“Image Management is the ongoing, pro-active process of evaluating and controlling the impact of your appearance on you, on others, and the achievement of your goals. It is a science and an art that provides a framework, addressing all the elements – clothing, grooming practices, body language and etiquette and vocal communication – that help create the right image for each role that a person undertakes at different occasions. Given that each person is unique, image management takes into account the person’s personal style, enhances strengths and downplays weaknesses while making optimal use of resources.”

Does anyone else think this sounds exhausting??

Yet we do this every day. It’s how we learn to navigate multiple roles and cultural norms. It’s okay to be concerned with how we present ourselves at job interviews. It’s okay to present ourselves differently at football games (while keeping some common sense, of course!)

Perhaps it’s because I recently lost my father that I think more these days about influence and less about image. In our digital world, image has a fleeting quality, because unlike our ancestors who may have had one literal shot to capture their likeness, we can present ourselves in hundreds of ways. When you lose someone you love, the pictures are precious, but it’s their character and lasting influence that stays with you.

Image management gets thorny, I think, where it is used to promote oneself above respect and relationships. We live in a world of entitlement and self-promotion. Discerning the motives behind our manner of presentation is more important than ever. It’s okay to encourage my daughter to dress nicely and speak politely at a future job interview in order to demonstrate that she respects the organization, the opportunity, and the person who is considering her. I want her to intentionally look people in the eyes because face-to-face connection is becoming a lost skill. And politeness still communicates respect for others.

It says more about a person when her first concern, above promoting her own image, is to honor the image of God in other people.

Everyone presents an image. Everyone makes impressions. I want my daughter to be an influencer. I pray that she will value respect and honor relationships; and that instead of promoting herself, she will demonstrate a preference for others (Philippians 2: 3 – 4).

When I asked Caroline what it means to be an influence, she replied, “Well, a person can be a good influence or a bad influence.” True. So assuming that I mean good influence, what does that look like?

“I think it means to leave something on someone’s heart.”

I couldn’t say it any better.

So, how do we do this? Here are some things that I want my daughter (and myself) to think about …

* God created us with needs for affirmation and acceptance. So often we look to the world to meet these needs, but the world is fickle, especially with failures. It’s inevitable – we’re going to mess up, fall, and fail. Only God can love us perfectly and unconditionally. It’s an amazing mystery that we are so human and yet we bear the image of God. We must learn to define and ground ourselves in this truth. Finding our worth in the eyes of Jesus and securing our identity in His image frees us from the futility of promoting and managing our image in the world’s eyes.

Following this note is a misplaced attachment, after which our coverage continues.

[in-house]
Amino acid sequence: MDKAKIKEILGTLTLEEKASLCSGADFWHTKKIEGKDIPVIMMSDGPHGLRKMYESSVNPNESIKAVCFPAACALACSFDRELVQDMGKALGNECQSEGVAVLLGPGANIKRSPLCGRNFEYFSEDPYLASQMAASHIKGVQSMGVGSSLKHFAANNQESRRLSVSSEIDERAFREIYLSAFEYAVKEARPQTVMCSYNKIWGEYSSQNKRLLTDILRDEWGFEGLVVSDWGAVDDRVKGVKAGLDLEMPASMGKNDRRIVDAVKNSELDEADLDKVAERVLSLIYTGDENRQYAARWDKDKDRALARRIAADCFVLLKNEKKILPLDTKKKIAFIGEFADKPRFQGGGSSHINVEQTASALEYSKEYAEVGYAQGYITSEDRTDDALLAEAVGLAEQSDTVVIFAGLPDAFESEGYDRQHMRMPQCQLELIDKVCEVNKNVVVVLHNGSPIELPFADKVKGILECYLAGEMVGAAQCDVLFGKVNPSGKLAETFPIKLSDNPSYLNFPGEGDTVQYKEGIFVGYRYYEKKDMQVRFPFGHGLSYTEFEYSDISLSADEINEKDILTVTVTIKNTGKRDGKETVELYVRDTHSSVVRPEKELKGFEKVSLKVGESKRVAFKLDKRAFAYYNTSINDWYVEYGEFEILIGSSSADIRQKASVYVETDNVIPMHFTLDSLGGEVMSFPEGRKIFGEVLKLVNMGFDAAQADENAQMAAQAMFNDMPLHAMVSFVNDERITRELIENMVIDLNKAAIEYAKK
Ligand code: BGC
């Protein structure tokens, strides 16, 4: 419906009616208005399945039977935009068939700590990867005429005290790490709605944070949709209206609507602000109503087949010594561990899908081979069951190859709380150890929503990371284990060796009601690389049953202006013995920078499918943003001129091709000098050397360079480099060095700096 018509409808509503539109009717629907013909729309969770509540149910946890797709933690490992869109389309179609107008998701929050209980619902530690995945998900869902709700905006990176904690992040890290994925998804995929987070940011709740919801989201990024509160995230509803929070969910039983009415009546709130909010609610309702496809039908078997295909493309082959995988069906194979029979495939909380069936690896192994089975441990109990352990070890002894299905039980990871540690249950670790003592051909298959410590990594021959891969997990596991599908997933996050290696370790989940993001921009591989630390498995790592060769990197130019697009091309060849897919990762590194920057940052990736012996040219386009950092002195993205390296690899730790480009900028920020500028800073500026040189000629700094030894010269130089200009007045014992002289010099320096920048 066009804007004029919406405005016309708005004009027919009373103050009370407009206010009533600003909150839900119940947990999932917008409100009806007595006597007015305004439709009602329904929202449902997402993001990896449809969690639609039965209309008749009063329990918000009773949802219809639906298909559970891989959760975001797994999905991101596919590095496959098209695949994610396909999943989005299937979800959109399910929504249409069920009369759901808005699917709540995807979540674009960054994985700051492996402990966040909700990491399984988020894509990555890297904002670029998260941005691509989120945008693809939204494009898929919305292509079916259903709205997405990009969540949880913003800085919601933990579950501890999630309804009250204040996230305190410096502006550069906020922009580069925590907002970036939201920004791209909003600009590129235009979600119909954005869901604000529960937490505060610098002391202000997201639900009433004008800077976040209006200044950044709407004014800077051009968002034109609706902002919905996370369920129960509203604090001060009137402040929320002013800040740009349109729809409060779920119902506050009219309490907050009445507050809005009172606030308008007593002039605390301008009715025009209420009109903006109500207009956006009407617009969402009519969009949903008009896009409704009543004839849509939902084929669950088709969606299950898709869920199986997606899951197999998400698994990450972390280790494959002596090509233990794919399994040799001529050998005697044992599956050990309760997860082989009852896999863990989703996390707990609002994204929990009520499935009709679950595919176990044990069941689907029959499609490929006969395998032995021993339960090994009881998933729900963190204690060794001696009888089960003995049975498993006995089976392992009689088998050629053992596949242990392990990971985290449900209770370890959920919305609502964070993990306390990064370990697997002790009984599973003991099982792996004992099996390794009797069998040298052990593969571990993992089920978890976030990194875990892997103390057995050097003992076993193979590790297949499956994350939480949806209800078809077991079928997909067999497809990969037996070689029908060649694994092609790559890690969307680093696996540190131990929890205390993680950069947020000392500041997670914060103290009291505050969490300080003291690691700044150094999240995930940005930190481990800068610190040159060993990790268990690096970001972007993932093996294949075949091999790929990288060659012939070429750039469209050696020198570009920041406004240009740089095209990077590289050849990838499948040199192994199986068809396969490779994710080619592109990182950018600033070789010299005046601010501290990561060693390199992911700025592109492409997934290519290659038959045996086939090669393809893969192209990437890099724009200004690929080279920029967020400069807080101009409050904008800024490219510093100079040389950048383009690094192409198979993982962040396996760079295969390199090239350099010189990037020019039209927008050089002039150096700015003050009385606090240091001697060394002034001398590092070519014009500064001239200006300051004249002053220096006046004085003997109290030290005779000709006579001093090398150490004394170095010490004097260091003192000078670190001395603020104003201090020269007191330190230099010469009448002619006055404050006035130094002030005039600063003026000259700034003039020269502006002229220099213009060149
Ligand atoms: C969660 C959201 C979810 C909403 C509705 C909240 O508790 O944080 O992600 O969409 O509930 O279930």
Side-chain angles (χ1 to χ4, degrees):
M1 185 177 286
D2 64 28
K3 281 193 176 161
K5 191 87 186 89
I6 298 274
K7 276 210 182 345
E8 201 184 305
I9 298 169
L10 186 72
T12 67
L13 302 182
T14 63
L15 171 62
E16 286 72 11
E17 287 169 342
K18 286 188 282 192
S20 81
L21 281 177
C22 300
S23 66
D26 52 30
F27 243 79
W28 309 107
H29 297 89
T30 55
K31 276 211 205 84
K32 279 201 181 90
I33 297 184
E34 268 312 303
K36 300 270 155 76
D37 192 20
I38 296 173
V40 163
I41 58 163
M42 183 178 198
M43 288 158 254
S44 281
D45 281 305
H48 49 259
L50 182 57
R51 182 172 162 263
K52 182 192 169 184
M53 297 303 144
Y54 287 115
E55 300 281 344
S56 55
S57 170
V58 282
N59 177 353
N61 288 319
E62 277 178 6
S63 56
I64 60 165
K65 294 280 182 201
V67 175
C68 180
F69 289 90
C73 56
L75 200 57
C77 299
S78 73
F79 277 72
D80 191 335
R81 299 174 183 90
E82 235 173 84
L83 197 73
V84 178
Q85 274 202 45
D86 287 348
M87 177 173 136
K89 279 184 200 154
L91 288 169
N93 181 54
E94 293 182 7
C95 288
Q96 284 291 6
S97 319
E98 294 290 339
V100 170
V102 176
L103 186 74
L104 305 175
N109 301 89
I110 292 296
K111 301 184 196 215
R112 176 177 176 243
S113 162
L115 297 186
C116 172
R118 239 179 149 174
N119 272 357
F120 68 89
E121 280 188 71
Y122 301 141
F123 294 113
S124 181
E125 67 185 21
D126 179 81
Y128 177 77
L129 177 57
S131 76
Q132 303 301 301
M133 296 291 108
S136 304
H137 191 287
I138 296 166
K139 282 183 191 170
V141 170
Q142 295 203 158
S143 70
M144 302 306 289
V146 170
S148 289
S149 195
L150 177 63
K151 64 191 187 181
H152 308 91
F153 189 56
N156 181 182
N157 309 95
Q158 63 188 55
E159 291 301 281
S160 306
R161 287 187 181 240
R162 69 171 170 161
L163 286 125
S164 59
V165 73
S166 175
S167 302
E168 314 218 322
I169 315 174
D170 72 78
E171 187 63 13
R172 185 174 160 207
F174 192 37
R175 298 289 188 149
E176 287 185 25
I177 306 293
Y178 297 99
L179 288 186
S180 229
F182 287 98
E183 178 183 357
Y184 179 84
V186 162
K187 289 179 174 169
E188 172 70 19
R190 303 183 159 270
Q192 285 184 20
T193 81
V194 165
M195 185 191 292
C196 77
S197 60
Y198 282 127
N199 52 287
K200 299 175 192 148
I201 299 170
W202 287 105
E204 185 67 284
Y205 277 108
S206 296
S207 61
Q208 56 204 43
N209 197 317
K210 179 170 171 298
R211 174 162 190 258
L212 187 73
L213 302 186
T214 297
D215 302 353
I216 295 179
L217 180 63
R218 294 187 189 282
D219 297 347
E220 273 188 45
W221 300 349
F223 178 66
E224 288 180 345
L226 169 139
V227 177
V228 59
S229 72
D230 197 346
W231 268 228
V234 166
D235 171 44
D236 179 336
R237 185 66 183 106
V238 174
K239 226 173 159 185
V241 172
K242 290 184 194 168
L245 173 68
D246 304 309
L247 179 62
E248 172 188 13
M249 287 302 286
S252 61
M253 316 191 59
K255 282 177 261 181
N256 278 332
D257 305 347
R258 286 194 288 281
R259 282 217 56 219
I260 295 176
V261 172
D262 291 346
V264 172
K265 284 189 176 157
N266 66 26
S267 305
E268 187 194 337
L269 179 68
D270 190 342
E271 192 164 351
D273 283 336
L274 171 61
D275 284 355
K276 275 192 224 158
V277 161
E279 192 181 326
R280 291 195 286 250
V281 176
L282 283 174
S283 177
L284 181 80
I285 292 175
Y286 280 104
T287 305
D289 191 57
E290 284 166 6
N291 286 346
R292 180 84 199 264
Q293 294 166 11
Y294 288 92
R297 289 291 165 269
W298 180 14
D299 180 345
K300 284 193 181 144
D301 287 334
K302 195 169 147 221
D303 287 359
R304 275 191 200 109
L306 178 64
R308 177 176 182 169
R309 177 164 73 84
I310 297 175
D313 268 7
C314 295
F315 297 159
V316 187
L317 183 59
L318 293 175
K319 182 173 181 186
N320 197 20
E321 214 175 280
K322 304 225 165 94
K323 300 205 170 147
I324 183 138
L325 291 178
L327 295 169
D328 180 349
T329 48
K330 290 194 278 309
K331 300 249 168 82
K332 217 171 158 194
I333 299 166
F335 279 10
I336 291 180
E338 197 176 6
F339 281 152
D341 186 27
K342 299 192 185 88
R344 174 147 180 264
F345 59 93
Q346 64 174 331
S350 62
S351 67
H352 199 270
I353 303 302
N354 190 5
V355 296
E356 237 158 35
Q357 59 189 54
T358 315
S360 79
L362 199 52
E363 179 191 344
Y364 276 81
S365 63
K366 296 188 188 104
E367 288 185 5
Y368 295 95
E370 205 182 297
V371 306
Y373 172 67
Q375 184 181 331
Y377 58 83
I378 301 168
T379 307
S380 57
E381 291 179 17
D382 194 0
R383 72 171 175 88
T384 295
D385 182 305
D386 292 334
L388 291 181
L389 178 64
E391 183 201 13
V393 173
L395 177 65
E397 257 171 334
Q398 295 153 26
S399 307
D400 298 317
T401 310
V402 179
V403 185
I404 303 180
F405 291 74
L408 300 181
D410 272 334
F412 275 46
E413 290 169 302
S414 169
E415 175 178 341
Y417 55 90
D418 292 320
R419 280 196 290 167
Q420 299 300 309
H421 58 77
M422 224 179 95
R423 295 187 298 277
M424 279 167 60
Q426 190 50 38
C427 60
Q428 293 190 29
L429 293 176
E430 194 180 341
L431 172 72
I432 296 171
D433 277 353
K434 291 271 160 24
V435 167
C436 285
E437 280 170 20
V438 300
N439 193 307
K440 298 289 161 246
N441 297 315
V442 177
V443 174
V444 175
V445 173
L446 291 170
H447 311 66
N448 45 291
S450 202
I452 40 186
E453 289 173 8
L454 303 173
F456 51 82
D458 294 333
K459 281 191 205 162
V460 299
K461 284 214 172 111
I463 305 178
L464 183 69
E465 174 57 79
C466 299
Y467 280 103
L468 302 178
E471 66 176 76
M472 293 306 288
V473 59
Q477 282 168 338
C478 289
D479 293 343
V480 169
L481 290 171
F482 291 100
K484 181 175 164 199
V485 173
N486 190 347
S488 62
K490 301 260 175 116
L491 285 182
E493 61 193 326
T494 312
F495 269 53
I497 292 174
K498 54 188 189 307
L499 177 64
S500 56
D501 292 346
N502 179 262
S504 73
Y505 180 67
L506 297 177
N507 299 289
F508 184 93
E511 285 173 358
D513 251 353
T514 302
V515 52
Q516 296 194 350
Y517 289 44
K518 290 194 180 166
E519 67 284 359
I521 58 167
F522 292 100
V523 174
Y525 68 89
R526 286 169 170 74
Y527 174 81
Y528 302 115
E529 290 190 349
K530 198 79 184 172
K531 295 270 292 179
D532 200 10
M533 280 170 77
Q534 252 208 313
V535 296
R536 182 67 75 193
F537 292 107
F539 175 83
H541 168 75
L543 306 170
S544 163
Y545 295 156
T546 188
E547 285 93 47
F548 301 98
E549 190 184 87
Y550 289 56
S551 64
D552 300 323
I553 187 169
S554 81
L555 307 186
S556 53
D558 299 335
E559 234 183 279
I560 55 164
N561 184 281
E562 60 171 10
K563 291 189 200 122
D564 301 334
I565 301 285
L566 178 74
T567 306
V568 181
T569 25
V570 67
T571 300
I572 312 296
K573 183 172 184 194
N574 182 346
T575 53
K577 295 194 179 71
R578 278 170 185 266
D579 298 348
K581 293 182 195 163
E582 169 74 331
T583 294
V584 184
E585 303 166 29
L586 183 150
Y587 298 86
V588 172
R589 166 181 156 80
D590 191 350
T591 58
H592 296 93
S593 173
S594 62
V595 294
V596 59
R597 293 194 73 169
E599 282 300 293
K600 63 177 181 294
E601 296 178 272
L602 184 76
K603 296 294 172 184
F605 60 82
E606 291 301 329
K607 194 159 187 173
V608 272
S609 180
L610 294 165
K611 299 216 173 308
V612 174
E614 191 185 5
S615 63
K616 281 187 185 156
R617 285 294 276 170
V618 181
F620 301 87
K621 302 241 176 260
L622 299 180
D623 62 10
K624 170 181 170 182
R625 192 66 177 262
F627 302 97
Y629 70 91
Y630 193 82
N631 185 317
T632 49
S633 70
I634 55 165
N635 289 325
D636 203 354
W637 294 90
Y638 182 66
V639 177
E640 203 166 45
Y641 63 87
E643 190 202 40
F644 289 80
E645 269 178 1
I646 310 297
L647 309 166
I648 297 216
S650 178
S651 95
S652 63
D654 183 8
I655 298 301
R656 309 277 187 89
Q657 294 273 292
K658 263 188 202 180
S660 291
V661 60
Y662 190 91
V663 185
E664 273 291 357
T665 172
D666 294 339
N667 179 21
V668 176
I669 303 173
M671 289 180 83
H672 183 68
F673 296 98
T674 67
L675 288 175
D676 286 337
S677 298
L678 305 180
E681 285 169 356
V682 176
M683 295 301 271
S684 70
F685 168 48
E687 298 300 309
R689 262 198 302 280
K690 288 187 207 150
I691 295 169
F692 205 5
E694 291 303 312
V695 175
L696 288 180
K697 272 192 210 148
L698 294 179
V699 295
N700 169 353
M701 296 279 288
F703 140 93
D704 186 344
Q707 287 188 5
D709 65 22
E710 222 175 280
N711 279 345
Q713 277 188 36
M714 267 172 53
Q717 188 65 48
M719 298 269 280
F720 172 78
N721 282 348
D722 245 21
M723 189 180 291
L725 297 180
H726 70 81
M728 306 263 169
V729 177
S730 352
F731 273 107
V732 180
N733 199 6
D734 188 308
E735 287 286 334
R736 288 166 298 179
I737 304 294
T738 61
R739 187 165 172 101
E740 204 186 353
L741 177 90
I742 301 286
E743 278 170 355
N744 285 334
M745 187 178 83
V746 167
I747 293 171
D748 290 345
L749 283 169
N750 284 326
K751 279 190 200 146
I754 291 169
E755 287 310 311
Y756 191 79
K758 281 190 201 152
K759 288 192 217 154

* Along with respect and relationships, integrity is a key that opens the opportunity for influence. When our church was getting to know our new pastor, someone said of him: “He is the same person on stage as he is in ordinary moments.” I consider that to be a very high compliment.

Think about this: “Integrity not only calls us to live inside-out, it keeps the outside from coming in. Consistency in our walk and in our talk becomes a transportable cloak of protection around us, going anywhere we go. Life becomes so much simpler when there aren’t so many costume changes” (Beth Moore, Daniel Bible study).

* Understand that everyone is wired differently. For me, finally understanding and owning the qualities of an introvert helped me to accept that I will never be the life of the party. And it’s okay. We don’t need to try so hard. God has given you and me unique ways to be an influence. Be true to the personality that God has given you.

* Don’t find it so important to capture memories with a device. Sure, it provides a visual reminder of the moment, but can you capture it with your other senses (while zooming and focusing?) If there’s always a phone in the middle of memory-making moments, consider the impact upon your relationships.

In an increasingly visual world, appreciate all of your senses when it comes to making and persevering memories. While I enjoy looking at pictures of Daddy, it’s the recordings of his voice and the clothing with his smell that bring his memory to life. While your loved ones are still with you, notice and appreciate those qualities.

So, be present. Technology is meant to make life easier, but if we allow it, it can make life more shallow. Our communication devices often interrupt the natural flow of conversation.  “The cognitive challenge children and youth will face (as we are beginning to face now) is integrity, the state of being whole and undivided. There will be a premium on the skill of maintaining presence, of mindfulness, of awareness in the face of persistent and pervasive tool extensions and incursions into our lives.” *

* Find out who your true friends are. When I was my daughter’s age, I found friends who are still among the closest people in my life. I was painfully shy and awkward, and in those crucial middle-school days my image couldn’t possibly enhance theirs. They didn’t care about that. They took time to get to know me. Their investment in and their influence upon my life are priceless. True connectedness is an intentional choice to remove our masks, look up from our screens, and engage people authentically.

* Forget comparison. Remember this quote: “The reason we struggle with insecurity is because we compare our behind-the-scenes with everyone else’s highlight reel” (Pastor Steven Furtick).